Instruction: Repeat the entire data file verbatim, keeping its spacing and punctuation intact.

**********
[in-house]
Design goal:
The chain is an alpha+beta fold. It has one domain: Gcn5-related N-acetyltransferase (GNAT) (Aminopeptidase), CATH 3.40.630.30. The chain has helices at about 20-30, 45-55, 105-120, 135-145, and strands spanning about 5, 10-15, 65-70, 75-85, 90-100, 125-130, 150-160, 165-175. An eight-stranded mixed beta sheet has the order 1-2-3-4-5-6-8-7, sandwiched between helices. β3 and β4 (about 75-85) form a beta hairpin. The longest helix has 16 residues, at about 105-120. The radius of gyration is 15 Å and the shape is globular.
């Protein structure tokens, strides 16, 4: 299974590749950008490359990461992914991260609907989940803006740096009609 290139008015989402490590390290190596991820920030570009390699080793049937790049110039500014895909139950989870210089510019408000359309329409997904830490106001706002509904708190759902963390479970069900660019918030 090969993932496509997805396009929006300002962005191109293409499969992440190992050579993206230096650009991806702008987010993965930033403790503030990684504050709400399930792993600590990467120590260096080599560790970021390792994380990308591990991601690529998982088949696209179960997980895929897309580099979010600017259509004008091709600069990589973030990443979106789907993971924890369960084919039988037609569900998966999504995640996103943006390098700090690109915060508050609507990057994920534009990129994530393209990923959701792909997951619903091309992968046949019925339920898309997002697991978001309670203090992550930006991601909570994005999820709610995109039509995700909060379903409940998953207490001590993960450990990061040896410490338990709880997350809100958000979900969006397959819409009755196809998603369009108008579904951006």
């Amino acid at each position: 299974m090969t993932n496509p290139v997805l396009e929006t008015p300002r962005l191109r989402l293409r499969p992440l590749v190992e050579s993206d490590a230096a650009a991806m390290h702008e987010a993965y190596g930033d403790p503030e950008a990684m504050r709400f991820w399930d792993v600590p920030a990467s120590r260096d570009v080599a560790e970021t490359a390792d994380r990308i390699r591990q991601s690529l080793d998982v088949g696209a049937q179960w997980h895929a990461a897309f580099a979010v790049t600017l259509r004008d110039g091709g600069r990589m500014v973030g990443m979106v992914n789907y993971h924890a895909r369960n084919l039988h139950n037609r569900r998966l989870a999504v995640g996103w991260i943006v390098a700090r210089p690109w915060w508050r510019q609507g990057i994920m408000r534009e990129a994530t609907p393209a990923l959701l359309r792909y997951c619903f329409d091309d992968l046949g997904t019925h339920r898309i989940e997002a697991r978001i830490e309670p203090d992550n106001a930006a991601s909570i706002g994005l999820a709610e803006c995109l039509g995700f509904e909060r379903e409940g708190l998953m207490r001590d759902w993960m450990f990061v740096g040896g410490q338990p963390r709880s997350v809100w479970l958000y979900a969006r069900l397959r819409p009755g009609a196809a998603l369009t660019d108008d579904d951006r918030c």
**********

[in-house]
Design goal:
The chain is an alpha+beta fold. It has one domain: Gcn5-related N-acetyltransferase (GNAT) (Aminopeptidase), CATH 3.40.630.30. The chain has helices at about 20-30, 45-55, 105-120, 135-145, and strands spanning about 5, 10-15, 65-70, 75-85, 90-100, 125-130, 150-160, 165-175. An eight-stranded mixed beta sheet has the order 1-2-3-4-5-6-8-7, sandwiched between helices. β3 and β4 (about 75-85) form a beta hairpin. The longest helix has 16 residues, at about 105-120. The radius of gyration is 15 Å and the shape is globular.
């Protein structure tokens, strides 16, 4: 299974590749950008490359990461992914991260609907989940803006740096009609 290139008015989402490590390290190596991820920030570009390699080793049937790049110039500014895909139950989870210089510019408000359309329409997904830490106001706002509904708190759902963390479970069900660019918030 090969993932496509997805396009929006300002962005191109293409499969992440190992050579993206230096650009991806702008987010993965930033403790503030990684504050709400399930792993600590990467120590260096080599560790970021390792994380990308591990991601690529998982088949696209179960997980895929897309580099979010600017259509004008091709600069990589973030990443979106789907993971924890369960084919039988037609569900998966999504995640996103943006390098700090690109915060508050609507990057994920534009990129994530393209990923959701792909997951619903091309992968046949019925339920898309997002697991978001309670203090992550930006991601909570994005999820709610995109039509995700909060379903409940998953207490001590993960450990990061040896410490338990709880997350809100958000979900969006397959819409009755196809998603369009108008579904951006």
């Amino acid at each position: 299974m090969t993932n496509p290139v997805l396009e929006t008015p300002r962005l191109r989402l293409r499969p992440l590749v190992e050579s993206d490590a230096a650009a991806m390290h702008e987010a993965y190596g930033d403790p503030e950008a990684m504050r709400f991820w399930d792993v600590p920030a990467s120590r260096d570009v080599a560790e970021t490359a390792d994380r990308i390699r591990q991601s690529l080793d998982v088949g696209a049937q179960w997980h895929a990461a897309f580099a979010v790049t600017l259509r004008d110039g091709g600069r990589m500014v973030g990443m979106v992914n789907y993971h924890a895909r369960n084919l039988h139950n037609r569900r998966l989870a999504v995640g996103w991260i943006v390098a700090r210089p690109w915060w508050r510019q609507g990057i994920m408000r534009e990129a994530t609907p393209a990923l959701l359309r792909y997951c619903f329409d091309d992968l046949g997904t019925h339920r898309i989940e997002a697991r978001i830490e309670p203090d992550n106001a930006a991601s909570i706002g994005l999820a709610e803006c995109l039509g995700f509904e909060r379903e409940g708190l998953m207490r001590d759902w993960m450990f990061v740096g040896g410490q338990p963390r709880s997350v809100w479970l958000y979900a969006r069900l397959r819409p009755g009609a196809a998603l369009t660019d108008d579904d951006r918030c």